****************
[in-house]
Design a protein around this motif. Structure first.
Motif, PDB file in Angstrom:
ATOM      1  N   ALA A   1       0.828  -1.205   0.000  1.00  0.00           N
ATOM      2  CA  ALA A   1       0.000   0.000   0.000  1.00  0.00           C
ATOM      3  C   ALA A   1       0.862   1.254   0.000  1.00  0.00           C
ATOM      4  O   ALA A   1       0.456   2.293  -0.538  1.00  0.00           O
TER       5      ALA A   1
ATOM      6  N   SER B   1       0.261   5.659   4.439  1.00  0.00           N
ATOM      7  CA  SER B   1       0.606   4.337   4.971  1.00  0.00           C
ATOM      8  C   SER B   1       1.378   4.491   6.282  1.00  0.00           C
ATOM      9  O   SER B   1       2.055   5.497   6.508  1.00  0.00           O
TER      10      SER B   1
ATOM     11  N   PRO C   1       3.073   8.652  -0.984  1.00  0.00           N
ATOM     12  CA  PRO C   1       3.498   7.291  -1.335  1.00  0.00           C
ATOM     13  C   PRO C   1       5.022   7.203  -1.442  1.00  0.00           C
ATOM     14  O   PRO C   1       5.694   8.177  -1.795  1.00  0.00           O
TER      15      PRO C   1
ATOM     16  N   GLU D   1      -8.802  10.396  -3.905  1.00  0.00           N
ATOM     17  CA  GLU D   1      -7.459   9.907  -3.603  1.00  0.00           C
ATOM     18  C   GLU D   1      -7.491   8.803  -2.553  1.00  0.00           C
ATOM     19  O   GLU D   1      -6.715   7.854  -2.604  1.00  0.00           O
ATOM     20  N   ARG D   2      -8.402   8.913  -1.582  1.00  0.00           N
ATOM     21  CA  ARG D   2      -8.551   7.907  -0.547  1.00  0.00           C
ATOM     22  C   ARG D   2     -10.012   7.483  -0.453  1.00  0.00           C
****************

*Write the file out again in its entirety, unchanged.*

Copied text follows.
[in-house]
Design a protein around this motif. Structure first.
Motif, PDB file in Angstrom:
ATOM      1  N   ALA A   1       0.828  -1.205   0.000  1.00  0.00           N
ATOM      2  CA  ALA A   1       0.000   0.000   0.000  1.00  0.00           C
ATOM      3  C   ALA A   1       0.862   1.254   0.000  1.00  0.00           C
ATOM      4  O   ALA A   1       0.456   2.293  -0.538  1.00  0.00           O
TER       5      ALA A   1
ATOM      6  N   SER B   1       0.261   5.659   4.439  1.00  0.00           N
ATOM      7  CA  SER B   1       0.606   4.337   4.971  1.00  0.00           C
ATOM      8  C   SER B   1       1.378   4.491   6.282  1.00  0.00           C
ATOM      9  O   SER B   1       2.055   5.497   6.508  1.00  0.00           O
TER      10      SER B   1
ATOM     11  N   PRO C   1       3.073   8.652  -0.984  1.00  0.00           N
ATOM     12  CA  PRO C   1       3.498   7.291  -1.335  1.00  0.00           C
ATOM     13  C   PRO C   1       5.022   7.203  -1.442  1.00  0.00           C
ATOM     14  O   PRO C   1       5.694   8.177  -1.795  1.00  0.00           O
TER      15      PRO C   1
ATOM     16  N   GLU D   1      -8.802  10.396  -3.905  1.00  0.00           N
ATOM     17  CA  GLU D   1      -7.459   9.907  -3.603  1.00  0.00           C
ATOM     18  C   GLU D   1      -7.491   8.803  -2.553  1.00  0.00           C
ATOM     19  O   GLU D   1      -6.715   7.854  -2.604  1.00  0.00           O
ATOM     20  N   ARG D   2      -8.402   8.913  -1.582  1.00  0.00           N
ATOM     21  CA  ARG D   2      -8.551   7.907  -0.547  1.00  0.00           C
ATOM     22  C   ARG D   2     -10.012   7.483  -0.453  1.00  0.00           C